Keeper-Upperers, I made a whoopsy! Back when I reviewed Alice’s Adventures In Wonderland, I mistakenly labelled it as the only children’s book on The List – I forgot entirely about this bad boy! The Wind In The Willows is a children’s story written by Kenneth Grahame, first published in 1908. Set in a rural part of Edwardian England, it follows the adventures (or misadventures, as it were) of four anthropomorphised animals: Mole, Rat, Badger, and (be still my beating heart) Toad. Having not been totally Disney-fied, it hasn’t quite reached the pervasive popularity of Alice, but I’d say it’s about on par in terms of loveliness.
Now, oddly for such a delightful little tome, The Wind In The Willows was actually born of some pretty miserable circumstances. Kenneth Grahame had a pretty rough trot, on the whole. His mother died when he was five, and his father had a pretty hectic drinking problem, so the kids were dumped with their grandmother. It was all rather shitful, but Grahame made the most of it. His Grandma lived near the Thames and he loved exploring the area, mucking around, as kids do. He survived his rough start, and went on to score a pretty swanky secretary job at the Bank Of England. He married at the age of 40, and the following year his wife had their only child, a sickly boy named Alastair (nicknamed Mouse), born premature and blind in one eye.
Raising Alastair was tough, and a few years after his birth Grahame decided he was jack of the rat race. He resigned from his position at the bank and moved the whole family back to the country, where he felt most at home. He spent a lot of his time “simply messing about in boats”, and began expanding the bedtime stories he had made up for Alastair into a manuscript. The characters of Toad, Mole, Ratty, and Badger had been fixtures in the Grahame household during Alastair’s childhood; even when Papa Kenneth went off on one of his boating trips, he would write letters home containing tales of their adventures for his son. So, The Wind In The Willows must’ve been a walk-up start, right? Kid tested, and approved?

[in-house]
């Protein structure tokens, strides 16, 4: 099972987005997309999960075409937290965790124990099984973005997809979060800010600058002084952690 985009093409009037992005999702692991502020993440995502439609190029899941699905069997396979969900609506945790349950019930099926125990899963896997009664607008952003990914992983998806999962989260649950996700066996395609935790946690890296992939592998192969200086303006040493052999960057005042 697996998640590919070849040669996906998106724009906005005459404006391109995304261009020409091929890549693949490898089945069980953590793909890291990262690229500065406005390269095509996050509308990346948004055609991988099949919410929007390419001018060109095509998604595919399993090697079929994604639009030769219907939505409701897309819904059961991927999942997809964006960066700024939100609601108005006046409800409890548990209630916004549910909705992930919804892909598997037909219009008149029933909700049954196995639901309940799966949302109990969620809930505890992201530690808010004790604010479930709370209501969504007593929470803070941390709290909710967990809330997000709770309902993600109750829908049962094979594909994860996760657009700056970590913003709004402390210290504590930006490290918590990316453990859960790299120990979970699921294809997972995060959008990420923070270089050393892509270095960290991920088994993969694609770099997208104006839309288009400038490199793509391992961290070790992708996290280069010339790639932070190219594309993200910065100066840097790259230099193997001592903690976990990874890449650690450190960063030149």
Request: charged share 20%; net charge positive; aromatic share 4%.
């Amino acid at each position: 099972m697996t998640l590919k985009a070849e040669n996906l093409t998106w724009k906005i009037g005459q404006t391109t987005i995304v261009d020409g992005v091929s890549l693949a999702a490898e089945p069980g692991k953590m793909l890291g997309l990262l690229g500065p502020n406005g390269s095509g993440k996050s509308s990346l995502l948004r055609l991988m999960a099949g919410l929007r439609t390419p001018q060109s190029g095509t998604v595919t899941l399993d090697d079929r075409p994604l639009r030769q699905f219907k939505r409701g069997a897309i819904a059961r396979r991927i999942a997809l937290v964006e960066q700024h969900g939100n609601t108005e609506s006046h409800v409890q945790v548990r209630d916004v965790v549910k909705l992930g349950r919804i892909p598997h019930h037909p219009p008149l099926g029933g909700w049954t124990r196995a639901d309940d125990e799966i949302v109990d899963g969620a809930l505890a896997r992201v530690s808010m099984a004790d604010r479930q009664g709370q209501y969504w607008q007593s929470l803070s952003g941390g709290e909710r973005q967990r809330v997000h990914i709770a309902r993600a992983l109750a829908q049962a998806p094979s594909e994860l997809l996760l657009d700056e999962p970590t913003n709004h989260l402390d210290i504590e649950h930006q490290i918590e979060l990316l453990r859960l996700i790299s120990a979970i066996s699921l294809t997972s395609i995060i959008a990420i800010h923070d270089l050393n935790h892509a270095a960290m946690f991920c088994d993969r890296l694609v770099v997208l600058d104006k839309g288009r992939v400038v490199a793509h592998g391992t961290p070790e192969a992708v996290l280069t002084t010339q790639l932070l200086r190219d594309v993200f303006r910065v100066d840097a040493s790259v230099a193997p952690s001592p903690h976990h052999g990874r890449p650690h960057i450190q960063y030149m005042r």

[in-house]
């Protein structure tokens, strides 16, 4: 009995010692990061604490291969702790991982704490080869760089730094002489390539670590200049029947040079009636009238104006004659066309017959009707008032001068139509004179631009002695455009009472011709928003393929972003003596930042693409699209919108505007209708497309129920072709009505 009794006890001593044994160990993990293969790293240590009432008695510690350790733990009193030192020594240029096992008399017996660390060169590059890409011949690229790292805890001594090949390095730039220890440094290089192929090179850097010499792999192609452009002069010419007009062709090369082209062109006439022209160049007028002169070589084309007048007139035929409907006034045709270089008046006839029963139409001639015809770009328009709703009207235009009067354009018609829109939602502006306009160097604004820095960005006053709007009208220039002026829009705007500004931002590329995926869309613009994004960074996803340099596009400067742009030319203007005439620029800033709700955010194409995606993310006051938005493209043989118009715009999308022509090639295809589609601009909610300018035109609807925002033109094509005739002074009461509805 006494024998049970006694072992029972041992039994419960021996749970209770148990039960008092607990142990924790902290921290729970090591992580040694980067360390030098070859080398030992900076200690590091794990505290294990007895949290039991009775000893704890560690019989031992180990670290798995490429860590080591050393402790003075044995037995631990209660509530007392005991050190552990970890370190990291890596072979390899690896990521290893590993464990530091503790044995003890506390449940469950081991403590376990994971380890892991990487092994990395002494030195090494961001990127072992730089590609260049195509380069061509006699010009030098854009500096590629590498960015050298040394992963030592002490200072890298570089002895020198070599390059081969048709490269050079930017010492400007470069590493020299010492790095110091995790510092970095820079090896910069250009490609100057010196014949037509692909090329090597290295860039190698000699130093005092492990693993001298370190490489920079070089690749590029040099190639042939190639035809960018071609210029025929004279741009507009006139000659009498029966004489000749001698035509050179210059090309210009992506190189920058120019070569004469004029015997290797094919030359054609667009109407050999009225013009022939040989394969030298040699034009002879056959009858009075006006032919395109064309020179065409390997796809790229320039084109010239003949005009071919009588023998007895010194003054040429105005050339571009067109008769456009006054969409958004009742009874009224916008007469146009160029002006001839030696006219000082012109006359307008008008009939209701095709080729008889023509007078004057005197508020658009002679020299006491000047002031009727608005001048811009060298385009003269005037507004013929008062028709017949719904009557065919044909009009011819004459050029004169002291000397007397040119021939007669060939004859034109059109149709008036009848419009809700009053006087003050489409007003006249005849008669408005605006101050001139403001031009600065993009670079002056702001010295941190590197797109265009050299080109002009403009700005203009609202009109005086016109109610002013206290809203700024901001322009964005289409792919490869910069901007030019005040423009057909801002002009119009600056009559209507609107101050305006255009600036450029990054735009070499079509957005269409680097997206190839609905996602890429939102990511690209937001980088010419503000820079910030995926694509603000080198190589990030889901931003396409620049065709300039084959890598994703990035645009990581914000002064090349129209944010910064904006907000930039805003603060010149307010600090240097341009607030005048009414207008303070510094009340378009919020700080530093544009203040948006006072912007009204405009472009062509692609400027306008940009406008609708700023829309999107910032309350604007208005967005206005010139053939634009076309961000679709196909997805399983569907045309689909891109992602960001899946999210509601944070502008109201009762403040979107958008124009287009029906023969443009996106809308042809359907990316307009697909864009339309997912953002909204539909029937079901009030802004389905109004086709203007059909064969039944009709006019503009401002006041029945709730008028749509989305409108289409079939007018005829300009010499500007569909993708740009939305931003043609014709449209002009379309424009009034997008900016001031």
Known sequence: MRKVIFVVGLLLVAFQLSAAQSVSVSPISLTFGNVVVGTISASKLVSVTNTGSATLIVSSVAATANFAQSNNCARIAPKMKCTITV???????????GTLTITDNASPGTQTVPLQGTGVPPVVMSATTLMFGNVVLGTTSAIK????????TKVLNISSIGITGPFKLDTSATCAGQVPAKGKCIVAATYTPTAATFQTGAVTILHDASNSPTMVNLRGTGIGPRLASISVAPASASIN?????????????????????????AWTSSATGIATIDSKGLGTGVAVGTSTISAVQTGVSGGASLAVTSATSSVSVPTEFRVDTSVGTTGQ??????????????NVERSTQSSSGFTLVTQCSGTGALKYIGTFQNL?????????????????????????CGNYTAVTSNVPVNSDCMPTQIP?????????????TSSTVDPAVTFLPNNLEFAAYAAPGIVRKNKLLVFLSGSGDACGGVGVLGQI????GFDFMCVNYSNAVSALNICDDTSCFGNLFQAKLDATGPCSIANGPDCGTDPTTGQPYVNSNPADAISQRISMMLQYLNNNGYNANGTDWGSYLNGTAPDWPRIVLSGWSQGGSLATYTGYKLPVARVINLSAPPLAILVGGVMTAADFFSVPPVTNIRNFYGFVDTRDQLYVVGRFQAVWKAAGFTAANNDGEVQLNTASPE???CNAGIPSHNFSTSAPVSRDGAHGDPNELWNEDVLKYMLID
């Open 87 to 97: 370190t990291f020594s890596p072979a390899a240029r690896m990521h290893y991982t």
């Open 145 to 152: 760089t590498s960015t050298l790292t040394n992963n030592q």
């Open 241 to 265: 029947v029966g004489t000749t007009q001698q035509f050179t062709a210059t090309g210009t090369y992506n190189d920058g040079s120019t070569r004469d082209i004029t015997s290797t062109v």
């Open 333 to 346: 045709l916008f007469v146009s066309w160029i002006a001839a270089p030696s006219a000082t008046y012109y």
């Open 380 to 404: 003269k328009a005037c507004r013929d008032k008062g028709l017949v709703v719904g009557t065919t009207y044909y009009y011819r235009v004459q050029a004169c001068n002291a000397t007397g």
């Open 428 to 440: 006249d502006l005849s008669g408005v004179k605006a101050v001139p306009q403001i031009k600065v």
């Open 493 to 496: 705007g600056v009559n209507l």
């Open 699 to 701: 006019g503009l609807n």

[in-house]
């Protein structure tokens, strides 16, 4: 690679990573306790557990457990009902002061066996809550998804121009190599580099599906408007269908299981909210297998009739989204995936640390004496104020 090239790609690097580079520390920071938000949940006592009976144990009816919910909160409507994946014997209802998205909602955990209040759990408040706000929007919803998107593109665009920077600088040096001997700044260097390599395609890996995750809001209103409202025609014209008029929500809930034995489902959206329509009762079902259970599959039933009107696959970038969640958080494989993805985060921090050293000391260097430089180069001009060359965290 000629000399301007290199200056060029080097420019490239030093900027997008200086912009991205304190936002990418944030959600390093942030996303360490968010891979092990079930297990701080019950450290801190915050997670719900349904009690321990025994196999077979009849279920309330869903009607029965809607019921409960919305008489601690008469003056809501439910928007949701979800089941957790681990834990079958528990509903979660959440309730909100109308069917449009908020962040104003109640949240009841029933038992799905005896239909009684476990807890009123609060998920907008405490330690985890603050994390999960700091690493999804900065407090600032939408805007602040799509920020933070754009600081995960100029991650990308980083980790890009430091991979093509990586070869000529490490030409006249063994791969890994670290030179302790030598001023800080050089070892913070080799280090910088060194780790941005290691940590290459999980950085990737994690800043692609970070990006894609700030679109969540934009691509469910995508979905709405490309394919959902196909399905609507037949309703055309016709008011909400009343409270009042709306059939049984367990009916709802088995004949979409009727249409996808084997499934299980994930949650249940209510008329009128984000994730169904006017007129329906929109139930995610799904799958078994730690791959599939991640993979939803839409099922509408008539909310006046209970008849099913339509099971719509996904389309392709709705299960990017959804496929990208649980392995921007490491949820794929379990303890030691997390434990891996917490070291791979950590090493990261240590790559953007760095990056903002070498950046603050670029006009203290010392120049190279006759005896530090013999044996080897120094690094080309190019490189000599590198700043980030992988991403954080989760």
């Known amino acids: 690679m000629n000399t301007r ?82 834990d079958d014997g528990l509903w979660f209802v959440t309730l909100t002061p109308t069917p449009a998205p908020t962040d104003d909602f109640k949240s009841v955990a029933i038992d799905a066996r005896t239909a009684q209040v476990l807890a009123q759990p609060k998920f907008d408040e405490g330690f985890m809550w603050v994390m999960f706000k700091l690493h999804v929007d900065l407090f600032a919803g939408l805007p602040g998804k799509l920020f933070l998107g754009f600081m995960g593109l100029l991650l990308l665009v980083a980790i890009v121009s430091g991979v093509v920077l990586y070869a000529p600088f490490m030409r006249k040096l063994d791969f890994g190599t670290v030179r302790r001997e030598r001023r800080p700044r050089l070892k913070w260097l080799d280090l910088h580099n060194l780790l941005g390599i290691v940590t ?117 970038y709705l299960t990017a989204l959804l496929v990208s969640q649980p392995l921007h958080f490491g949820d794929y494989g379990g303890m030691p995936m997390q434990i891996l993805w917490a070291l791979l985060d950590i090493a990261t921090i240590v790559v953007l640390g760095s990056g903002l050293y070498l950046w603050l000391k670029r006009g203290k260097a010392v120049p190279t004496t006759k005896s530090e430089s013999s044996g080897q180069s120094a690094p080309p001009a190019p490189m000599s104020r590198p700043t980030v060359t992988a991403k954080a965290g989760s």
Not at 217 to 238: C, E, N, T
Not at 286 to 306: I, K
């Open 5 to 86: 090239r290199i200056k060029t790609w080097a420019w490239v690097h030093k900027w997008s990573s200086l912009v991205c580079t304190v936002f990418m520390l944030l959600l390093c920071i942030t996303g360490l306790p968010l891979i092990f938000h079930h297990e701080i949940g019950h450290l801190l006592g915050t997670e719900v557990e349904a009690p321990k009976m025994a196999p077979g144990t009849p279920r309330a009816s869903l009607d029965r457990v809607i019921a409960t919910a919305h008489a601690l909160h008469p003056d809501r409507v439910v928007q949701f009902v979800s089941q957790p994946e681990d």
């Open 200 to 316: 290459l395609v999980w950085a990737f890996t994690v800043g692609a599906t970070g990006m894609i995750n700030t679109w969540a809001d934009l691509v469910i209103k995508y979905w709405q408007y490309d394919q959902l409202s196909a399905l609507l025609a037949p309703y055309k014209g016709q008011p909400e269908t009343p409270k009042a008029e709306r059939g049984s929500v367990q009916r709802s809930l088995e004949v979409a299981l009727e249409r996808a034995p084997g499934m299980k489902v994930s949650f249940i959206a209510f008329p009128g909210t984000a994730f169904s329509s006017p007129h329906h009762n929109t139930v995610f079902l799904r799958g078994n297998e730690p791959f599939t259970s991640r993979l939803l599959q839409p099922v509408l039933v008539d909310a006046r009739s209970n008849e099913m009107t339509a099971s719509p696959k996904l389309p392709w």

Well, not really: a number of publishers rejected the manuscript outright. Everyone was expecting books more in the vein of his previous works (he’d already published The Golden Age, and Dream Days, by this point), and they were sorely disappointed. When he finally found a publisher willing to take a chance on his children’s story, the critics panned it… but the public loved it! Bookstores kept selling out, so multiple print-runs were required, in quick succession. Plus, it got a ringing endorsement from President Teddy Roosevelt, who wrote to Grahame to say he had “read it and reread it, and [had] come to accept the characters as old friends”. That’s one heck of a blurb, eh?
I’m with Teddy: it’s a brilliant book. And it’s certainly not “just” a children’s story. There’s plenty in there for adults, like this gem:
“The best part of a holiday is perhaps not so much to be resting yourself, as to see all the other fellows busy working.”Page 13, The Wind In The Willows